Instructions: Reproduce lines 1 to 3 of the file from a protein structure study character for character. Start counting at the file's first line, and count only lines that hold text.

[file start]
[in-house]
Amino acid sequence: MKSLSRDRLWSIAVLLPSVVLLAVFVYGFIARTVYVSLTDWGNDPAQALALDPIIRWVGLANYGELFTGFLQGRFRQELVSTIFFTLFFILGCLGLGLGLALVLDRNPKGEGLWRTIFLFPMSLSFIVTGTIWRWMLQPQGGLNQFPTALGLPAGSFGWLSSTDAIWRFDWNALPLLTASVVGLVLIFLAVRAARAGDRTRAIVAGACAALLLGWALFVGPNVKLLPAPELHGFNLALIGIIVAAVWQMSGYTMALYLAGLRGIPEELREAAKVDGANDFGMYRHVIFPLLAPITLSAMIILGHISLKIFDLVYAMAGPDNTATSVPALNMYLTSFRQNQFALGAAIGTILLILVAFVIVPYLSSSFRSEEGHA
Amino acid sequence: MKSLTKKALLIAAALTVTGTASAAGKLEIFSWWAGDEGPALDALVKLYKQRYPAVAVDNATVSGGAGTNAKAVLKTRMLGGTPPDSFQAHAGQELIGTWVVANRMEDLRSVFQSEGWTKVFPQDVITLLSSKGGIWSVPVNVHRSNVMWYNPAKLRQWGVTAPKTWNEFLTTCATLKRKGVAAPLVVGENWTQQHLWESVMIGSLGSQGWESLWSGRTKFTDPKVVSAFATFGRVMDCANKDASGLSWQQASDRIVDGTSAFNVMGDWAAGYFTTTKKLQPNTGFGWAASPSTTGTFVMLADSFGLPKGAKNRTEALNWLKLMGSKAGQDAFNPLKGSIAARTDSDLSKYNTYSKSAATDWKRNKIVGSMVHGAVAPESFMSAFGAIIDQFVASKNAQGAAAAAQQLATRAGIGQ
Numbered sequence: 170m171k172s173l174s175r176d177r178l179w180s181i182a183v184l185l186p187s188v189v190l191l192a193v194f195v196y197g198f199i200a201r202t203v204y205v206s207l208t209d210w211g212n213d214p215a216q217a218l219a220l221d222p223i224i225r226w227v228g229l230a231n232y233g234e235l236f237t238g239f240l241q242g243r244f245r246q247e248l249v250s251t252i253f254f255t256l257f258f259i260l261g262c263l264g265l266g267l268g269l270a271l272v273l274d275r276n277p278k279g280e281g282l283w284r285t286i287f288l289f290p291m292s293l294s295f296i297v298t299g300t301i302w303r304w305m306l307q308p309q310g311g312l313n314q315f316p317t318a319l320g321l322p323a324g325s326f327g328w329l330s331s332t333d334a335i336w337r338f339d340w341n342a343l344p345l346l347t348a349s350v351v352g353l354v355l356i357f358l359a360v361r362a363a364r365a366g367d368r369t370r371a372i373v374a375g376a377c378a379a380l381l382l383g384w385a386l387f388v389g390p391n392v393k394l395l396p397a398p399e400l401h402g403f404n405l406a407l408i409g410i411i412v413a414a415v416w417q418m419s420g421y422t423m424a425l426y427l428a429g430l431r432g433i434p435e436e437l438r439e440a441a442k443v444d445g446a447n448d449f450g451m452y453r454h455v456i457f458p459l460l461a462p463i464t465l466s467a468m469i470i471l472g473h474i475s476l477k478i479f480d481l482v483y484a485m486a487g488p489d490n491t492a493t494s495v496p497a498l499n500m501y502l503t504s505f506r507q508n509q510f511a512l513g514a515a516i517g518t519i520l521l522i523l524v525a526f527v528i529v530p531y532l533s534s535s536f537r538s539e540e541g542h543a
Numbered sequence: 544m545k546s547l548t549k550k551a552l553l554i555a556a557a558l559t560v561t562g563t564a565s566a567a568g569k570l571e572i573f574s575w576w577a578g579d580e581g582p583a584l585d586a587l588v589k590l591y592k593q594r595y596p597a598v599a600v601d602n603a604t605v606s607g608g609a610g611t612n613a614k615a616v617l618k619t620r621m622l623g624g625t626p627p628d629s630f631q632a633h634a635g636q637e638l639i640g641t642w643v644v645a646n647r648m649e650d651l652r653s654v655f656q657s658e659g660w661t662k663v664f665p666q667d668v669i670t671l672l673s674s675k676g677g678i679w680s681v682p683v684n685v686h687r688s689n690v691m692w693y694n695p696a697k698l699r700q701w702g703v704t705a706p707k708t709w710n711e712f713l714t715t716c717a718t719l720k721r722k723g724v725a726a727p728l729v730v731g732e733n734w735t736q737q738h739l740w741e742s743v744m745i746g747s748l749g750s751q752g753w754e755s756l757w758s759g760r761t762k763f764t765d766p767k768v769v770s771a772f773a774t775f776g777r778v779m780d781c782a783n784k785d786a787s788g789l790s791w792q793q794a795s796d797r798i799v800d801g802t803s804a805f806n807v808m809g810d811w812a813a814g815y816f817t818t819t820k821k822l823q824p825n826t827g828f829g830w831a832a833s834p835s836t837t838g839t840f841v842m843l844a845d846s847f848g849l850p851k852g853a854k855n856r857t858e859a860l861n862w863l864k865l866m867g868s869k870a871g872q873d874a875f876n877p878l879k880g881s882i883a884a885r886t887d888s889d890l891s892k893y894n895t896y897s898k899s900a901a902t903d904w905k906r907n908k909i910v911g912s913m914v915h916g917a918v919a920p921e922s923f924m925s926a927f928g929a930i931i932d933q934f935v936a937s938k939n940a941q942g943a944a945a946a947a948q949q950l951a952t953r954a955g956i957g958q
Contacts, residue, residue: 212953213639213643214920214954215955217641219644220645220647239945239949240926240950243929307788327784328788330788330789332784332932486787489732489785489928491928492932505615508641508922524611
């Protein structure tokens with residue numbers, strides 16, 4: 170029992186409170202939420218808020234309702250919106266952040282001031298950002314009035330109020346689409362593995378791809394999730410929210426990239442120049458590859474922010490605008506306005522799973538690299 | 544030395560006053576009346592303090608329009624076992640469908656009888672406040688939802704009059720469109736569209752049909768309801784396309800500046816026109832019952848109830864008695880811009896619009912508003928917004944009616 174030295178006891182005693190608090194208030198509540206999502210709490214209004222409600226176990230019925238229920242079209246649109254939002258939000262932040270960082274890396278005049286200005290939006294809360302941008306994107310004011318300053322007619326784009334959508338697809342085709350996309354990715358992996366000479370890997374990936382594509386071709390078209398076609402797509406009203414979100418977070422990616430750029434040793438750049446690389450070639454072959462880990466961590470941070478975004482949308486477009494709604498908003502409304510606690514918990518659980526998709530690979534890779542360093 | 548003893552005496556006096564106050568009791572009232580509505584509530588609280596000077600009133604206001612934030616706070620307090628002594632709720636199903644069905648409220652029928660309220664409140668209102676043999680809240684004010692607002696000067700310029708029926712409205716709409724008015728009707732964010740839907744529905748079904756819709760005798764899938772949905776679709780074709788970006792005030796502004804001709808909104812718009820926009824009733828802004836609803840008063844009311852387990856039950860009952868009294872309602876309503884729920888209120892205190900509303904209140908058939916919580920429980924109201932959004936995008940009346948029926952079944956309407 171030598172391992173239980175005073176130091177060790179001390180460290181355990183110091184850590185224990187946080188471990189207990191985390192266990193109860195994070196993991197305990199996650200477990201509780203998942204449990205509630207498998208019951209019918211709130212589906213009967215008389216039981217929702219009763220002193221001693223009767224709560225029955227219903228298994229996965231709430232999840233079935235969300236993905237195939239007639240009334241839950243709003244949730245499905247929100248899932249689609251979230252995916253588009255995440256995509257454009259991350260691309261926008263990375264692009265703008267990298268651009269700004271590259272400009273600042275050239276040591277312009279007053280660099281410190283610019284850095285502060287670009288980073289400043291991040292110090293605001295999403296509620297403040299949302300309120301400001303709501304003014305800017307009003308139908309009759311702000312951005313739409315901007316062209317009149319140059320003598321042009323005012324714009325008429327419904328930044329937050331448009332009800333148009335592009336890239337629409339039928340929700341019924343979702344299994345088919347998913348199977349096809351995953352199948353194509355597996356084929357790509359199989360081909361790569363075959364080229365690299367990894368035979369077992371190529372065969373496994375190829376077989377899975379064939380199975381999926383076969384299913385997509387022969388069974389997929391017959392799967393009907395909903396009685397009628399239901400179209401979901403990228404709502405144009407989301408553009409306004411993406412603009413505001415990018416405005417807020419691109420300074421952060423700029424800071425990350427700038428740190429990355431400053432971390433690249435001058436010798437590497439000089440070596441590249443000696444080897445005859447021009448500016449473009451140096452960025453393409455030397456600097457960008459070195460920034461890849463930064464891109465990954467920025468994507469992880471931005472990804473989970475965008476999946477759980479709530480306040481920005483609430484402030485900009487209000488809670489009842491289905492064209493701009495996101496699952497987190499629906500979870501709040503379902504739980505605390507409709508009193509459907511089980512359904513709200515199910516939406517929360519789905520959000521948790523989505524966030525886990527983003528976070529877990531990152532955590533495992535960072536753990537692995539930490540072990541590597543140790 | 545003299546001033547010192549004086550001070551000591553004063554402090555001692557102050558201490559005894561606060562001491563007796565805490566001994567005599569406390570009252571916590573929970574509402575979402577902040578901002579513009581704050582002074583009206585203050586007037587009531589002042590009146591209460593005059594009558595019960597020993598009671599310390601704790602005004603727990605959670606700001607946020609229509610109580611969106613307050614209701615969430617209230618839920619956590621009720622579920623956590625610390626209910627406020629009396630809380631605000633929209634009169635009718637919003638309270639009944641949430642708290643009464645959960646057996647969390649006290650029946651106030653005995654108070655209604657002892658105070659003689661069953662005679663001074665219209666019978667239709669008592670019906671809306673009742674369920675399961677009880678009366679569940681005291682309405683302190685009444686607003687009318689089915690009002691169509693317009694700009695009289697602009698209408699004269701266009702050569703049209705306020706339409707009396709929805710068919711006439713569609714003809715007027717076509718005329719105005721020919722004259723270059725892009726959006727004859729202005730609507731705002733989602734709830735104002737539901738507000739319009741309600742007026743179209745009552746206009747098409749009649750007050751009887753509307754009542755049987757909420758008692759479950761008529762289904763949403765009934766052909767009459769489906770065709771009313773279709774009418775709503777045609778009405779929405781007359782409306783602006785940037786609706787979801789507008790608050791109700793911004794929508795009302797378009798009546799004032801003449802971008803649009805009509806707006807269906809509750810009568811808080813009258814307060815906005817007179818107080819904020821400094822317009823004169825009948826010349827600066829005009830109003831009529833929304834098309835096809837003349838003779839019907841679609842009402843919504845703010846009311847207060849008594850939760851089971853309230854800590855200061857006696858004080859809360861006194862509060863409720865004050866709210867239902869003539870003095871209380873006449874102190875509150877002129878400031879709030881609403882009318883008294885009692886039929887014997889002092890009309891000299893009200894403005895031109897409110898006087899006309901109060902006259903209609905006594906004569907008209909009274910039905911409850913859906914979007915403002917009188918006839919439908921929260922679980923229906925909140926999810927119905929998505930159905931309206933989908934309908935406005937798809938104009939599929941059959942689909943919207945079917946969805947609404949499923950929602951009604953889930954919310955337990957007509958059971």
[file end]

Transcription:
[in-house]
Amino acid sequence: MKSLSRDRLWSIAVLLPSVVLLAVFVYGFIARTVYVSLTDWGNDPAQALALDPIIRWVGLANYGELFTGFLQGRFRQELVSTIFFTLFFILGCLGLGLGLALVLDRNPKGEGLWRTIFLFPMSLSFIVTGTIWRWMLQPQGGLNQFPTALGLPAGSFGWLSSTDAIWRFDWNALPLLTASVVGLVLIFLAVRAARAGDRTRAIVAGACAALLLGWALFVGPNVKLLPAPELHGFNLALIGIIVAAVWQMSGYTMALYLAGLRGIPEELREAAKVDGANDFGMYRHVIFPLLAPITLSAMIILGHISLKIFDLVYAMAGPDNTATSVPALNMYLTSFRQNQFALGAAIGTILLILVAFVIVPYLSSSFRSEEGHA
Amino acid sequence: MKSLTKKALLIAAALTVTGTASAAGKLEIFSWWAGDEGPALDALVKLYKQRYPAVAVDNATVSGGAGTNAKAVLKTRMLGGTPPDSFQAHAGQELIGTWVVANRMEDLRSVFQSEGWTKVFPQDVITLLSSKGGIWSVPVNVHRSNVMWYNPAKLRQWGVTAPKTWNEFLTTCATLKRKGVAAPLVVGENWTQQHLWESVMIGSLGSQGWESLWSGRTKFTDPKVVSAFATFGRVMDCANKDASGLSWQQASDRIVDGTSAFNVMGDWAAGYFTTTKKLQPNTGFGWAASPSTTGTFVMLADSFGLPKGAKNRTEALNWLKLMGSKAGQDAFNPLKGSIAARTDSDLSKYNTYSKSAATDWKRNKIVGSMVHGAVAPESFMSAFGAIIDQFVASKNAQGAAAAAQQLATRAGIGQ